The traditional role of design has been to improve the visual appearance and function of messages and information. The publishing industry relies on designers for printed and online books, magazines, and newspapers that inform, delight, and support the interests of readers. Designers distinguish businesses from their competitors in the marketplace through innovative approaches to branding, the comprehensive design of messages, products, and services that express the character of a company and define its relationships with consumers. Advertising design promotes the marketable qualities of commercial products and services through a variety of communication media. And information designers translate complicated numerical and textual explanations into visual forms that help people see patterns in data and relationships among the components of complicated ideas. In all these practices, designers use typography, photographs, illustrations, and graphic elements to construct messages that attract attention, cause us to think about their meaning, and stay in our memories over time.
Some areas of design practice are more specialized. Motion graphics, for example, add sound and movement to the visual toolkit of designers and are viewed on television and computer screens, in film, or in environmental installations such as technology walls and stadiums. In addition to text and image, exhibition and packaging designers are often responsible for creating the physical structures and selecting the materials that carry messages. The design of wayfinding systems and signage focuses on directing people’s behavior across time and space in unfamiliar places. These practices pay close attention to the demands of particular settings in which people encounter messages and focus as much on their behavior as on the interpretation of content.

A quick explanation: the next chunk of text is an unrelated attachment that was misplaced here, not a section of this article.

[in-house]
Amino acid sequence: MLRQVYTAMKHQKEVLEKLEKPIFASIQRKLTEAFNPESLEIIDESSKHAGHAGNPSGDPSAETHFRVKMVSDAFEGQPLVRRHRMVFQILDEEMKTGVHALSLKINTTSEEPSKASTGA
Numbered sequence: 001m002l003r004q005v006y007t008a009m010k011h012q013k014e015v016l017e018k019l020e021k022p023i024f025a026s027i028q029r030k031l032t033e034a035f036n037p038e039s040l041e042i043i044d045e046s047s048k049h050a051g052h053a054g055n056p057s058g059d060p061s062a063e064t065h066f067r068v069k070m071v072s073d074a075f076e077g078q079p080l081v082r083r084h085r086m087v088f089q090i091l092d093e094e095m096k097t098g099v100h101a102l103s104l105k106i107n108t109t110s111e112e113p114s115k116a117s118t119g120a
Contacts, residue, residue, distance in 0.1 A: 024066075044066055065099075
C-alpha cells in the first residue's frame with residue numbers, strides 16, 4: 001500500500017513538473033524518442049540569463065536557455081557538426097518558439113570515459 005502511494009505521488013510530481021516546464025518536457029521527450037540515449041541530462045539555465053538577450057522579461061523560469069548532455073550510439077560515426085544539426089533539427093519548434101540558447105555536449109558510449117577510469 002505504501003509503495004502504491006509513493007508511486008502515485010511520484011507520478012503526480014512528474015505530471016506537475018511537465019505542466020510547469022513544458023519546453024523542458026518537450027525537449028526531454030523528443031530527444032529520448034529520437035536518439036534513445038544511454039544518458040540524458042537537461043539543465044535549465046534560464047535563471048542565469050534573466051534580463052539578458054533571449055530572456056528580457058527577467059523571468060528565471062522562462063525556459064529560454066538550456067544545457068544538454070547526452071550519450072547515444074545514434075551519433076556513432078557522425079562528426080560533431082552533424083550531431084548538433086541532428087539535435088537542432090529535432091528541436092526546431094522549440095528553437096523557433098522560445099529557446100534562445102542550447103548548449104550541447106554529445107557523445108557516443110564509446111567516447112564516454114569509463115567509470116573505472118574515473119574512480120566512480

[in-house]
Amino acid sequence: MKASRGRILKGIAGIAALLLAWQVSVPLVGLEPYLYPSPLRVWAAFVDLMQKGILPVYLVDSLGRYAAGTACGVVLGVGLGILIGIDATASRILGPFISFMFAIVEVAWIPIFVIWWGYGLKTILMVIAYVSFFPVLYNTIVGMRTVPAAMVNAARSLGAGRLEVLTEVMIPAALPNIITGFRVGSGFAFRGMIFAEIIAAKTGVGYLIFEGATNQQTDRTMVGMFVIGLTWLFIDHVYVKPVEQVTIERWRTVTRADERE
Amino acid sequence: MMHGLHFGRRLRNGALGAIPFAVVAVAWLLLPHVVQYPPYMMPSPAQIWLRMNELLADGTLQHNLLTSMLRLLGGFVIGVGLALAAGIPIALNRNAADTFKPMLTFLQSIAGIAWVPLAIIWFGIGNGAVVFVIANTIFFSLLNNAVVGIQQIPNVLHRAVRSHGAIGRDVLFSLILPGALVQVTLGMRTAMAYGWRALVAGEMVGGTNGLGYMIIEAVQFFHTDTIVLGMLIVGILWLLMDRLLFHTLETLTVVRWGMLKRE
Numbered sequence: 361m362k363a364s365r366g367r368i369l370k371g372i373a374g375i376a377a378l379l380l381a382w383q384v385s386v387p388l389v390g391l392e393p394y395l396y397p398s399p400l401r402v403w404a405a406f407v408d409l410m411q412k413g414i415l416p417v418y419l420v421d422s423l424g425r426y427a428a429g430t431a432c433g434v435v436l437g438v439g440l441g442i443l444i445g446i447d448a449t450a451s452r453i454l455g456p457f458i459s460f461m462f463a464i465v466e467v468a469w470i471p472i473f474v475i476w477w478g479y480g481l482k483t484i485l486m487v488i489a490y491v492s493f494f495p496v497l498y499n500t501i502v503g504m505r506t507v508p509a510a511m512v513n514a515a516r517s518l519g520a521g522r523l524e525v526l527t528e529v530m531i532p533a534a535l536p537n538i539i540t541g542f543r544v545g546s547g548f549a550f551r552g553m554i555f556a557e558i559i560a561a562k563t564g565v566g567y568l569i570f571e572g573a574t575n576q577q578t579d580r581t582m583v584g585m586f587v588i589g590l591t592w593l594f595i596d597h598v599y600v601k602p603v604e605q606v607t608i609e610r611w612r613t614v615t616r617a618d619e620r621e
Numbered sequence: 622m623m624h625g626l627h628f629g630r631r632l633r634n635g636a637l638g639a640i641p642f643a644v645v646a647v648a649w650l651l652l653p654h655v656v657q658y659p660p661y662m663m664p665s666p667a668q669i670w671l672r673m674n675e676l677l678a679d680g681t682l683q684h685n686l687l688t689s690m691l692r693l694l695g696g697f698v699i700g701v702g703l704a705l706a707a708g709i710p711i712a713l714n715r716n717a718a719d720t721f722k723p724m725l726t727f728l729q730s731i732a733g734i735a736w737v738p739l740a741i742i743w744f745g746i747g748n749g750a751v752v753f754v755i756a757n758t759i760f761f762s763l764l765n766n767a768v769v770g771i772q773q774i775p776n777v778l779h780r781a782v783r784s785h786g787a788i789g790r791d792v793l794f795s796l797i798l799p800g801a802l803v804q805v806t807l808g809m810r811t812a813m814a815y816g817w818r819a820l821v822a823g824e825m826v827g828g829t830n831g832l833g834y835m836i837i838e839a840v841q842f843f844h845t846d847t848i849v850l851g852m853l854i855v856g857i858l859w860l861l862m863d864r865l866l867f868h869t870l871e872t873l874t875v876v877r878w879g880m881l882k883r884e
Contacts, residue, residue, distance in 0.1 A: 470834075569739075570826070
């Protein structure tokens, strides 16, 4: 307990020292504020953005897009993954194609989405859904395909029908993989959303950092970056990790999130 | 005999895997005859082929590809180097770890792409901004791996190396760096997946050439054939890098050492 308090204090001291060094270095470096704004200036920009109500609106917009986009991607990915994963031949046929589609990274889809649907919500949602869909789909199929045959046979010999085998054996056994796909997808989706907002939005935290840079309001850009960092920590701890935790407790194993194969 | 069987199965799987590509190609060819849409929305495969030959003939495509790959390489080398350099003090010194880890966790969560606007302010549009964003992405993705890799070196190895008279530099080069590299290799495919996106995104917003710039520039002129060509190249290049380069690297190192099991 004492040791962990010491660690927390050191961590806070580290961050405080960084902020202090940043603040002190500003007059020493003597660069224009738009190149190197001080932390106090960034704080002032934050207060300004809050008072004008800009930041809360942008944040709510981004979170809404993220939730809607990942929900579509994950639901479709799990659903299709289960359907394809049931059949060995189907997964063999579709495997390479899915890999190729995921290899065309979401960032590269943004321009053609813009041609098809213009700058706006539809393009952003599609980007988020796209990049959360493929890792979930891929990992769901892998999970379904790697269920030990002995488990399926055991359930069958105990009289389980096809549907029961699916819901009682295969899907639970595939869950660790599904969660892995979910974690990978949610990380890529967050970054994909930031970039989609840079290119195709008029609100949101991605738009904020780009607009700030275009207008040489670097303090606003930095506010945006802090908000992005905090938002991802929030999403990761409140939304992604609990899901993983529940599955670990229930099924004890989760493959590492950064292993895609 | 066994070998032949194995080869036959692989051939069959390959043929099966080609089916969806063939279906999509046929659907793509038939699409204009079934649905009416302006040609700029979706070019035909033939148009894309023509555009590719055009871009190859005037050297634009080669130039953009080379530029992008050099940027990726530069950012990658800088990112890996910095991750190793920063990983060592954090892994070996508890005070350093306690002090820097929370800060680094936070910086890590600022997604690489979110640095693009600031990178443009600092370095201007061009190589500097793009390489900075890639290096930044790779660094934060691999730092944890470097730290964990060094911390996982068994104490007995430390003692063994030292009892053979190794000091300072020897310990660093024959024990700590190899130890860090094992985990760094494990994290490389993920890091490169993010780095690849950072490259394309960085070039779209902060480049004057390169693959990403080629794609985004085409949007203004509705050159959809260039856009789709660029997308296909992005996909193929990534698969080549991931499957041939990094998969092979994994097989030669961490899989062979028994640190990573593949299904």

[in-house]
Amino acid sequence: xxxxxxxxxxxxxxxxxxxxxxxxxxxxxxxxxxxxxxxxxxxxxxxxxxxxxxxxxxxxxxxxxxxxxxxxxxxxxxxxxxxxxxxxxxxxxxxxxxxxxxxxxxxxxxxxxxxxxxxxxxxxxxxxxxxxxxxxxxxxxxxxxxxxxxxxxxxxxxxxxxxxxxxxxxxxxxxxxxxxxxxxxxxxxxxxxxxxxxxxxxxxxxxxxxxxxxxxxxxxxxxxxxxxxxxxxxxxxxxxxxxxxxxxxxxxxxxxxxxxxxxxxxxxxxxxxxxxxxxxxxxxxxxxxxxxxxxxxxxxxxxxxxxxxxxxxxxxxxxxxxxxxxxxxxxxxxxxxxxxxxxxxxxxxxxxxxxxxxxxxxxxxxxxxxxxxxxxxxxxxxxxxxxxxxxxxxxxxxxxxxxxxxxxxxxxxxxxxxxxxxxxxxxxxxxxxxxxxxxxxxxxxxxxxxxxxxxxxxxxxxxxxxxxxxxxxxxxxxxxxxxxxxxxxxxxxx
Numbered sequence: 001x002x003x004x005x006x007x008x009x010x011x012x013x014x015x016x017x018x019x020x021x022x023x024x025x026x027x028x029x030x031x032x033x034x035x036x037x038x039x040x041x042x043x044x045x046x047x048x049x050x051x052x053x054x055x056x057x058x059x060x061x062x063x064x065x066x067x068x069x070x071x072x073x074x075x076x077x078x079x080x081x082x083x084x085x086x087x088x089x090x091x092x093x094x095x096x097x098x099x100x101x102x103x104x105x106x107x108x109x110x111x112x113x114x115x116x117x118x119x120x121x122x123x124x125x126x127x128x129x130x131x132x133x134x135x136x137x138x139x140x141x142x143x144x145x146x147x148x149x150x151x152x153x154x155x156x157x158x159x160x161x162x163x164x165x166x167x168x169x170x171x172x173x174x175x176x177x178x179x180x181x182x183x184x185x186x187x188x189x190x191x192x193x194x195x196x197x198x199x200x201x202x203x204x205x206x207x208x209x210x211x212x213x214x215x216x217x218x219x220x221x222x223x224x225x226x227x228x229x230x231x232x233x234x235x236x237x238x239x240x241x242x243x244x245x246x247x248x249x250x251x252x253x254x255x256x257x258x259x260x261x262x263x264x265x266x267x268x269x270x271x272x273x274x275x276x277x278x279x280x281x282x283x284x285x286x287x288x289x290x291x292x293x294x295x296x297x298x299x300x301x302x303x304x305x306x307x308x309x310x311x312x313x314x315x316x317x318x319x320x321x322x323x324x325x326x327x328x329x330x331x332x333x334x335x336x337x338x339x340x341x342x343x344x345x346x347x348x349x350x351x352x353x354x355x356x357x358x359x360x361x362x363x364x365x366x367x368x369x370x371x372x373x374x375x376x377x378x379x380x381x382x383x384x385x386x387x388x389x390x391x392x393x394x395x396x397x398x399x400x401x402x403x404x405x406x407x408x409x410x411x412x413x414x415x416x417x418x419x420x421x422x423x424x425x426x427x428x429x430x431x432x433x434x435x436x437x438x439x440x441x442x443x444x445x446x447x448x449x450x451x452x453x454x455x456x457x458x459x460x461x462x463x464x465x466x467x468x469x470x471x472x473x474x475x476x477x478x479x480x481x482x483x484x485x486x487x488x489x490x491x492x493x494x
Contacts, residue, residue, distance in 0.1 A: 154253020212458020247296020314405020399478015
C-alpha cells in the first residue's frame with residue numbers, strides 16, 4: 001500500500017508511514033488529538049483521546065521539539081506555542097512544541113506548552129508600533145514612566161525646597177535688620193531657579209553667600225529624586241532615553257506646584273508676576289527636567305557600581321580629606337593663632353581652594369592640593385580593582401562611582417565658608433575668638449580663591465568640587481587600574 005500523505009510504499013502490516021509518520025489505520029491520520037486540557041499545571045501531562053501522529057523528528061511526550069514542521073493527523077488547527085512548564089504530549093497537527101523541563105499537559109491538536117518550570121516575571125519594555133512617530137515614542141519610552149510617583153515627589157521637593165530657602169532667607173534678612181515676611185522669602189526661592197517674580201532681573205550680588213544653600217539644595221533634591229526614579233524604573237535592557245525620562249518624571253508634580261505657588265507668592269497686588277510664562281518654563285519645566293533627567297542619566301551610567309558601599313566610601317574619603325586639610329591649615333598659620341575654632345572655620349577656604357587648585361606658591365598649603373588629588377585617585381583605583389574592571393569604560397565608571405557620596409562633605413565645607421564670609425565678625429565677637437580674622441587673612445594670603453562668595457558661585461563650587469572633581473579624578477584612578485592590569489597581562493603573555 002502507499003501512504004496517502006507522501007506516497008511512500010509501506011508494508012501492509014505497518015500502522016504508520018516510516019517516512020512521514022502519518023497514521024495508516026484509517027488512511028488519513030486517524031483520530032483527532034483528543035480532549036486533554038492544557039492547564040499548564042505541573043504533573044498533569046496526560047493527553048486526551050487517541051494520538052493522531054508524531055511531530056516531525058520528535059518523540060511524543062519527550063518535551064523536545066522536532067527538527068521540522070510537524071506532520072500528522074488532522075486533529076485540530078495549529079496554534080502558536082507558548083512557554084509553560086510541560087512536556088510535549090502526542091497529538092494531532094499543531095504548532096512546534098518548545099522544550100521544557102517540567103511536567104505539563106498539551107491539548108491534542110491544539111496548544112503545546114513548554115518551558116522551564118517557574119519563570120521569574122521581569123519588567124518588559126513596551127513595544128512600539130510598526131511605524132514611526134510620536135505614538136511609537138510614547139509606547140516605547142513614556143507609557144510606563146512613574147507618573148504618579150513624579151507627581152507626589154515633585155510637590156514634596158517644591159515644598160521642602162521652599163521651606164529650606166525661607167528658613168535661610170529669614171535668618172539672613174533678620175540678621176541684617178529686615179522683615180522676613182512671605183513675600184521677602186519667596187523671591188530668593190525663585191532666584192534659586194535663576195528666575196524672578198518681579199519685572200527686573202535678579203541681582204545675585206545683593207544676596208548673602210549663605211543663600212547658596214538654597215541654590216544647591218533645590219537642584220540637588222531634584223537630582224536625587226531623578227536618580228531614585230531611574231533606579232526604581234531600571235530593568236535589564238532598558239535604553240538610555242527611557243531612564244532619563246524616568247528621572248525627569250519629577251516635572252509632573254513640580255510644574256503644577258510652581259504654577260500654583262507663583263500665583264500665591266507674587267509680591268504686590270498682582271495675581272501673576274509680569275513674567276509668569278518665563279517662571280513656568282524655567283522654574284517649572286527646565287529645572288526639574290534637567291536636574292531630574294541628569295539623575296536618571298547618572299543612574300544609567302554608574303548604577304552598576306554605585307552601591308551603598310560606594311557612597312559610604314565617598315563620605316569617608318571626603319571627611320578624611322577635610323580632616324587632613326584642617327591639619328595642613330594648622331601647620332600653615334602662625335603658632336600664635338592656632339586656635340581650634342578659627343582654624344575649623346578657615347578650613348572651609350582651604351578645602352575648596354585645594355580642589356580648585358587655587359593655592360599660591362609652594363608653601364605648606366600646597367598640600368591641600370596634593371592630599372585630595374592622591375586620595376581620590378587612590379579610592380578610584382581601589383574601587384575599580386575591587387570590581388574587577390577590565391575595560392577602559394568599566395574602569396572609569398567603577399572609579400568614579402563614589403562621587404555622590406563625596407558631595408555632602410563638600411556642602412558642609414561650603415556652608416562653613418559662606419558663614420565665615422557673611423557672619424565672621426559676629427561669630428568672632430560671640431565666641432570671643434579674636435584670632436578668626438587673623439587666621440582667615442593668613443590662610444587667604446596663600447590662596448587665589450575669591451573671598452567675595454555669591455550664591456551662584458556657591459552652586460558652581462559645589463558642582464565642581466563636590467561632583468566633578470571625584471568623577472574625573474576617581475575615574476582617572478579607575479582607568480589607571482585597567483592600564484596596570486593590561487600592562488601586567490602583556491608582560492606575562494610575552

While these traditional practices require the designer’s use of computer technology in producing visual, audio, and time-based form, most of today’s design work focuses on people’s digital experiences and the role technology plays in their everyday lives. From smartphones to voice-, gesture-, and sensor-activated devices, designers actively connect us with other people, information, and services through an array of digital technologies. These designers address the nature of people’s interaction with digital information, as well as the visual form and subject matter of communication. User experience (UX) designers also create digital tools and systems through which people produce their own content and engage with others who share common interests. Software design supports an increasingly technology-aware environment that reads and responds to everything we do.
Designing the conditions for experience requires more than the arrangement of form and content and is often built on models of conversation and community, rather than objects and information. Interaction and experience designers study people’s motives and behaviors in activities that people find important, shape the relationships they build with others, and support their engagement with the cultural and physical environment. Web and software designers balance industry demand for technical efficiency with concern for the creative and humanistic qualities of technological experiences. And these designers imagine new roles for technology in solving the increasingly complex problems of contemporary society.